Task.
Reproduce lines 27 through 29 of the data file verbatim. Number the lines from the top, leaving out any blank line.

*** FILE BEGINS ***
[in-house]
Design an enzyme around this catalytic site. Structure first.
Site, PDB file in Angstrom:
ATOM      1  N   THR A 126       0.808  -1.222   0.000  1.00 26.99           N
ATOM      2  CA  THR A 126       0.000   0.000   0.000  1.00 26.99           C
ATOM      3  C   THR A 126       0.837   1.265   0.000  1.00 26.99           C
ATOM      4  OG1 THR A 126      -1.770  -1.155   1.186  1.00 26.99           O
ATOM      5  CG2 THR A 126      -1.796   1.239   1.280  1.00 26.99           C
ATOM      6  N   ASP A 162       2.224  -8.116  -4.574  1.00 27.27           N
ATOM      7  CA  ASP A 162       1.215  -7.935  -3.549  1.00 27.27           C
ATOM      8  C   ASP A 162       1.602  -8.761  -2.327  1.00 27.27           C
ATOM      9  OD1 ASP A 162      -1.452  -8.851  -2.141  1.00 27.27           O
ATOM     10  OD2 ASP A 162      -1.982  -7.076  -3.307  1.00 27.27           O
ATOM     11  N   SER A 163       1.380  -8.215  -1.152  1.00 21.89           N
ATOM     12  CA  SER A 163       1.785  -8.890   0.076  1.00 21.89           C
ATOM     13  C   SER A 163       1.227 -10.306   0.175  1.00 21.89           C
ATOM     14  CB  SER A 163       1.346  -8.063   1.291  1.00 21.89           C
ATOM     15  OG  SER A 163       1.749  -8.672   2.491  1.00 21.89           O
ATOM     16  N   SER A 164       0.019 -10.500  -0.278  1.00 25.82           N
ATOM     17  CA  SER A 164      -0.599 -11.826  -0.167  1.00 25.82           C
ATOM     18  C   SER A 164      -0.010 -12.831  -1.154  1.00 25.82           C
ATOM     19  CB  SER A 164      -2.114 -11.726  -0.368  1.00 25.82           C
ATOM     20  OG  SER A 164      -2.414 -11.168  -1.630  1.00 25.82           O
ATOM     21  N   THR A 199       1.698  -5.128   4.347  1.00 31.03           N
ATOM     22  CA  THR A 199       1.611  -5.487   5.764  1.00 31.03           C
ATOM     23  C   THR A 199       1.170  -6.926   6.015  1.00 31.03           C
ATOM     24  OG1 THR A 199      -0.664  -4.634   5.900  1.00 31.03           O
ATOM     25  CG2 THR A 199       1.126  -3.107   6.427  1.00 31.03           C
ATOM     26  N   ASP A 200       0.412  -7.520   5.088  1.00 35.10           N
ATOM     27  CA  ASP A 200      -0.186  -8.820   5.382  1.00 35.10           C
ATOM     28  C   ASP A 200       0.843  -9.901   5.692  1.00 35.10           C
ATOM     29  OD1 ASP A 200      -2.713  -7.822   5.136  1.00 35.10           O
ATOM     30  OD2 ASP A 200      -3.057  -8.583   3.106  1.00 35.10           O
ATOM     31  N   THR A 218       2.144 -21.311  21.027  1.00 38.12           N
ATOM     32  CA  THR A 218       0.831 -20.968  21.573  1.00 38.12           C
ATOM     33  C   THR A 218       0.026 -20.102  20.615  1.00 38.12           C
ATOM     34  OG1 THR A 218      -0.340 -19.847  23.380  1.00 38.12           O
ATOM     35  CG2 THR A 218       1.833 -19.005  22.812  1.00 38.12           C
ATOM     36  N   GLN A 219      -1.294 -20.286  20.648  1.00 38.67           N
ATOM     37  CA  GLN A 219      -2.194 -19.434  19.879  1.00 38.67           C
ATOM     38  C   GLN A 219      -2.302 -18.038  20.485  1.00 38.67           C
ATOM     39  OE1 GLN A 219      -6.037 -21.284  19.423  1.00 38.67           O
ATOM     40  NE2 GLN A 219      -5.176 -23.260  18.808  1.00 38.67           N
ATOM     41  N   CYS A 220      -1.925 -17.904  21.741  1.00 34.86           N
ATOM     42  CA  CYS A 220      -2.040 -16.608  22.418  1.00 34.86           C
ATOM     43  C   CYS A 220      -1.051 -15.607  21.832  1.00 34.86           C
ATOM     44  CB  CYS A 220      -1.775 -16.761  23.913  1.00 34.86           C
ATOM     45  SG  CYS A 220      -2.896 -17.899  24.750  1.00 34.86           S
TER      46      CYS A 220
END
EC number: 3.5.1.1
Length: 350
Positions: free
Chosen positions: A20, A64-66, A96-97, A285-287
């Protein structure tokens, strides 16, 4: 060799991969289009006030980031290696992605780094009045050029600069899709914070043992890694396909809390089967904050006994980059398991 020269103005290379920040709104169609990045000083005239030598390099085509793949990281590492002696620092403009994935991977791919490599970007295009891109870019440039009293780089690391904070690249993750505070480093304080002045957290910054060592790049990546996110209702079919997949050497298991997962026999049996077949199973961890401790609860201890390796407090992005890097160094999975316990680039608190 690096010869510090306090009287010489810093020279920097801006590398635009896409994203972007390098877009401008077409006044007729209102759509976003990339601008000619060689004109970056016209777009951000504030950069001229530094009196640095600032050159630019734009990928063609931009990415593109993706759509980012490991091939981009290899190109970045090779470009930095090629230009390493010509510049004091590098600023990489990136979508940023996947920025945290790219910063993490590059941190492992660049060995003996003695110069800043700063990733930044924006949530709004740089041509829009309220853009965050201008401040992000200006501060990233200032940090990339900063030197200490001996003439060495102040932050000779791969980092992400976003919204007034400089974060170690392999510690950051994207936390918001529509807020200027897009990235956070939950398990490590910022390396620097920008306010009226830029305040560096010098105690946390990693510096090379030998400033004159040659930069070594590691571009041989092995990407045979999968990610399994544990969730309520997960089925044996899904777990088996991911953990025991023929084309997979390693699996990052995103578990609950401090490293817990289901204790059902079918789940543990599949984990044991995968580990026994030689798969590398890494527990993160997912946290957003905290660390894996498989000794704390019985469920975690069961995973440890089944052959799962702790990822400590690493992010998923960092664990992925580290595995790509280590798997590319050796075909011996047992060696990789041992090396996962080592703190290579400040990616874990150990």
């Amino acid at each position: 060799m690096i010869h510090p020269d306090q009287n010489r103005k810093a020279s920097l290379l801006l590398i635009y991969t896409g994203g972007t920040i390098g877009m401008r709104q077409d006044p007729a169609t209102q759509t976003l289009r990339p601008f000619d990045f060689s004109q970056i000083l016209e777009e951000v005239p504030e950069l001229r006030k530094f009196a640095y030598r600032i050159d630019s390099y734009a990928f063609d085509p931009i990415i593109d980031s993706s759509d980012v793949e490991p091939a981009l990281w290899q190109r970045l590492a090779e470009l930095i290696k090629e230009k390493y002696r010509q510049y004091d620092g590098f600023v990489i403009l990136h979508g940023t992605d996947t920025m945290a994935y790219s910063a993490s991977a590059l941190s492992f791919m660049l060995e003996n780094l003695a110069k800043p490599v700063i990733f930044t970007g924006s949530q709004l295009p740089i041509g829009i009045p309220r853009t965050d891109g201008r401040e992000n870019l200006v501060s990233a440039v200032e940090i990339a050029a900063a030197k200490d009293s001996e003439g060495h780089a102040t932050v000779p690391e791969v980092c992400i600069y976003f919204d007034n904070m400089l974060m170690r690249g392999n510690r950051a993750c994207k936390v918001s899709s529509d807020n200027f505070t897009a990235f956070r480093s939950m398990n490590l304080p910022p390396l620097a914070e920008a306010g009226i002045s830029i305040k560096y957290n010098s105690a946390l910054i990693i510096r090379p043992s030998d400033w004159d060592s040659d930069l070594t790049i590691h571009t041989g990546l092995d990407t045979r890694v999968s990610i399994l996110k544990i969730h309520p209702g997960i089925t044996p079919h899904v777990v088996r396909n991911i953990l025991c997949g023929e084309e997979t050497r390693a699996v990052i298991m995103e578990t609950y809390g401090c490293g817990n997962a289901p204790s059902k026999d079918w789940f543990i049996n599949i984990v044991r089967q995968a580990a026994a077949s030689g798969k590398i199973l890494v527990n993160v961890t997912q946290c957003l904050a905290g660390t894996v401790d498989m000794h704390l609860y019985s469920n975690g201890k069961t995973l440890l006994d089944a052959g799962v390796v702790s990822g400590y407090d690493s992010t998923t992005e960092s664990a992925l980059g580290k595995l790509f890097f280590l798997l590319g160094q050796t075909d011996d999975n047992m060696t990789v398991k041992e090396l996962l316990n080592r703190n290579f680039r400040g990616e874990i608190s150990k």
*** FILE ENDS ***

ATOM     24  OG1 THR A 199      -0.664  -4.634   5.900  1.00 31.03           O
ATOM     25  CG2 THR A 199       1.126  -3.107   6.427  1.00 31.03           C
ATOM     26  N   ASP A 200       0.412  -7.520   5.088  1.00 35.10           N